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-   -   what does this mean to you? (http://www.polyamory.com/forum/showthread.php?t=14946)

redpepper 09-25-2011 06:15 AM

what does this mean to you?
 
If poly is "responsible or ethical non-mongamy," as quite often it is described as, what does that mean? Responsible to who? What is "ethical?"

BlackUnicorn 09-25-2011 11:31 AM

My working definition of responsibility: the ability and desire to take ownership of your actions and their consequences, including the ability and desire to refrain, temporarily or indefinitely, from doing something that will bring about negative consequences to others, including yourself

Responsibility in non-monogamy means taking the necessary precautions to prevent unwanted pregnancies and the spread of disease, and willingness to deal with the aftermath of any such occurring. It also means openly discussing these things with all partners and refraining from sexual activities until such agreements are made that everyone can be comfortable with, and refraining from using alcohol and drugs that can impede judgment, especially with new partners.

The physical stuff is easy compared with the emotional stuff. To me, responsibility in non-monogamy is the opposite of "I will do what I want to do, and you need to deal with it or get going", or "I can't take responsibility for your feelings". It involves taking ownership of one's needs, not disguising them as lacks of another, as in "If only you would..." or "Since you are not willing to give this to me, I need to go outside of our relationship to seek it". It also involves the courage to end or alter relationships that bring more pain than joy, even if it means being alone for a while.

The ethical aspect of non-monogamy for me involves honesty and bravery in feeling and communication; loyalty to existing partners and commitments; respecting others as adults with feelings, thoughts and powers of their own; keeping onto one's word and agreements; the desire to bring joy to others, not only to oneself; and the ability and desire to hold onto these values even when they are inconvenient or hard to follow through.

schtuff 09-25-2011 03:34 PM

well spoken blackunicorn.

River 09-25-2011 04:00 PM

Quote:

Originally Posted by redpepper (Post 103578)
If poly is "responsible or ethical non-mongamy," as quite often it is described as, what does that mean? Responsible to who? What is "ethical?"

Responsible to who?

Responsible toward all parties involved, directly and indirectly--including one's self.

What is "ethical?"

To live ethically is to endeavor to live and behave in such a way as to (a) harm less* (cause less harm) and (b) create beauty, goodness and wellness.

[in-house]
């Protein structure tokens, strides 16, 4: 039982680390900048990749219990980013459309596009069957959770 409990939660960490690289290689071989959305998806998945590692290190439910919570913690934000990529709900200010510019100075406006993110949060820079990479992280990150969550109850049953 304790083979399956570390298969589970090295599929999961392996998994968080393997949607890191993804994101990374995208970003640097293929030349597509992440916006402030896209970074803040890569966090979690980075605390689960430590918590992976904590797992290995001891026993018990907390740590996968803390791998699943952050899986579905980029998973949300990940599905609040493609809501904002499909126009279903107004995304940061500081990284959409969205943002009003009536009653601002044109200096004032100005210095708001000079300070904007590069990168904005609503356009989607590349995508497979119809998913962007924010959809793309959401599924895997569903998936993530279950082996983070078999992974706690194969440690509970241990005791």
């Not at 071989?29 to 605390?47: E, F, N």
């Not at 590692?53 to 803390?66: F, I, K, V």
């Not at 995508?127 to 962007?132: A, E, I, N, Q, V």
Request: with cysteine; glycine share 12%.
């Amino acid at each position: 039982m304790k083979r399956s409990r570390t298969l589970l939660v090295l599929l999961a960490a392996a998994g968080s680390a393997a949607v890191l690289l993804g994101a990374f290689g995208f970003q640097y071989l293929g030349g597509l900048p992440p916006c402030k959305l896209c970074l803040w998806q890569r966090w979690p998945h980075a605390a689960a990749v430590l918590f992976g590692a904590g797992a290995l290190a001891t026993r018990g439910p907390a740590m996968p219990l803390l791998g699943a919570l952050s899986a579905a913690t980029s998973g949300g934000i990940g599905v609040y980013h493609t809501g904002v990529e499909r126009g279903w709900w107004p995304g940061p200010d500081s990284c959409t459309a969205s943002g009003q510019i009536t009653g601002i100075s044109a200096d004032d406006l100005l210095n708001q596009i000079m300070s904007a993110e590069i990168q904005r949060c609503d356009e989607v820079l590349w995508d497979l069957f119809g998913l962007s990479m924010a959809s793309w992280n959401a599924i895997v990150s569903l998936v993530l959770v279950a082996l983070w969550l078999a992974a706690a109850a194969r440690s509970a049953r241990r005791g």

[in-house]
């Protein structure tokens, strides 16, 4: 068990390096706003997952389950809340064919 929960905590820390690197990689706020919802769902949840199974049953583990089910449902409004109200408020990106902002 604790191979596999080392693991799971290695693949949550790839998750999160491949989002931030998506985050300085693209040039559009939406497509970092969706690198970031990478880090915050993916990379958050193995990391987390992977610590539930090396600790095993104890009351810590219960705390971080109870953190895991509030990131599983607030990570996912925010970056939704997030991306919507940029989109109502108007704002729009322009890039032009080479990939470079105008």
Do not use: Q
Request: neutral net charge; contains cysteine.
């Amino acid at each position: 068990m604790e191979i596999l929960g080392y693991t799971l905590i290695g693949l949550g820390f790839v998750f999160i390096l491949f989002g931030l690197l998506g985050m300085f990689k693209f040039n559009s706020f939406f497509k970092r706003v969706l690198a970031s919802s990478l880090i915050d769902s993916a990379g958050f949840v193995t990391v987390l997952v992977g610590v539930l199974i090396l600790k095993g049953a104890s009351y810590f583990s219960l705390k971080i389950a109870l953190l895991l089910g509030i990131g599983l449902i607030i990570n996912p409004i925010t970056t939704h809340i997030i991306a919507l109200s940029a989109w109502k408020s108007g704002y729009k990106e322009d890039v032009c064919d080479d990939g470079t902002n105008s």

===

*Anyone can harm less. But no one can be harmless -- not 100%. Most human activities (especially in an industrial capitalist civilization) is harm full. We do what we can. Our burden is great.

Hardison 09-25-2011 04:16 PM

Quote:

Originally Posted by BlackUnicorn (Post 103599)
Responsibility in non-monogamy means taking the necessary precautions to prevent unwanted pregnancies and the spread of disease, and willingness to deal with the aftermath of any such occurring. It also means openly discussing these things with all partners and refraining from sexual activities until such agreements are made that everyone can be comfortable with, and refraining from using alcohol and drugs that can impede judgment, especially with new partners.

This attitude is how I've always tried to live my life with respect to sexual partners. Whether it is monogamous or not should not matter. If you are not willing to discuss, and take responsibility for these issues then you are not really ready for sex at all, IMHO.

redpepper 09-26-2011 08:48 PM

Thanks! :) much appreciated. I find it confusing when some people don't live the way that poly is described in terms of being responsible and ethical non-monogamy. What can one do, if anything, to help them understand how what they do is harmful, neglectful; essentially irresponsible and unethical? Is it a communities responsibility to rally around and pass on information about its members that are not so on the band wagon or clueless or neglectful with their responsibility and ethics?

Thanks in advance as I am rather stuck on this in general in life and have run across some painful experiences where my thinking it is my responsibility to flush out information so everyone can learn and grow has not been welcomed. It was seen as gossip as opposed to educating from peoples experiences that didn't work. I don't want to get stuck in that again without meaning to.